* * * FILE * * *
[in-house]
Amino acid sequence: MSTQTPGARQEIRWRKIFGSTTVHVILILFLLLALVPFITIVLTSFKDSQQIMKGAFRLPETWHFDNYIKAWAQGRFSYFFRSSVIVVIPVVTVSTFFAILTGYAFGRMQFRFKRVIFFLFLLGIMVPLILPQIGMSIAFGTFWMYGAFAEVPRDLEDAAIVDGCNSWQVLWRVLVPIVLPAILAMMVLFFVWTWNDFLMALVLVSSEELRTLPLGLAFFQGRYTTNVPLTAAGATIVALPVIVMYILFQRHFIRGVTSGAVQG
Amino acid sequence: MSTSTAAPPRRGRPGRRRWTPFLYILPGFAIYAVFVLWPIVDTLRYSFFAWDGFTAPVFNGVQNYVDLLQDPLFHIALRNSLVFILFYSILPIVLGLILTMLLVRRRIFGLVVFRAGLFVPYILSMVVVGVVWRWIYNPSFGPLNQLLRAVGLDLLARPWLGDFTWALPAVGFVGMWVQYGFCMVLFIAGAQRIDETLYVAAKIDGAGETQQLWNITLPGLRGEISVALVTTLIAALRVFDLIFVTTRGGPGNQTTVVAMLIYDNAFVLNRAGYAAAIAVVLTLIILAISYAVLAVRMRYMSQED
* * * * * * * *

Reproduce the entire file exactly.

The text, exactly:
[in-house]
Amino acid sequence: MSTQTPGARQEIRWRKIFGSTTVHVILILFLLLALVPFITIVLTSFKDSQQIMKGAFRLPETWHFDNYIKAWAQGRFSYFFRSSVIVVIPVVTVSTFFAILTGYAFGRMQFRFKRVIFFLFLLGIMVPLILPQIGMSIAFGTFWMYGAFAEVPRDLEDAAIVDGCNSWQVLWRVLVPIVLPAILAMMVLFFVWTWNDFLMALVLVSSEELRTLPLGLAFFQGRYTTNVPLTAAGATIVALPVIVMYILFQRHFIRGVTSGAVQG
Amino acid sequence: MSTSTAAPPRRGRPGRRRWTPFLYILPGFAIYAVFVLWPIVDTLRYSFFAWDGFTAPVFNGVQNYVDLLQDPLFHIALRNSLVFILFYSILPIVLGLILTMLLVRRRIFGLVVFRAGLFVPYILSMVVVGVVWRWIYNPSFGPLNQLLRAVGLDLLARPWLGDFTWALPAVGFVGMWVQYGFCMVLFIAGAQRIDETLYVAAKIDGAGETQQLWNITLPGLRGEISVALVTTLIAALRVFDLIFVTTRGGPGNQTTVVAMLIYDNAFVLNRAGYAAAIAVVLTLIILAISYAVLAVRMRYMSQED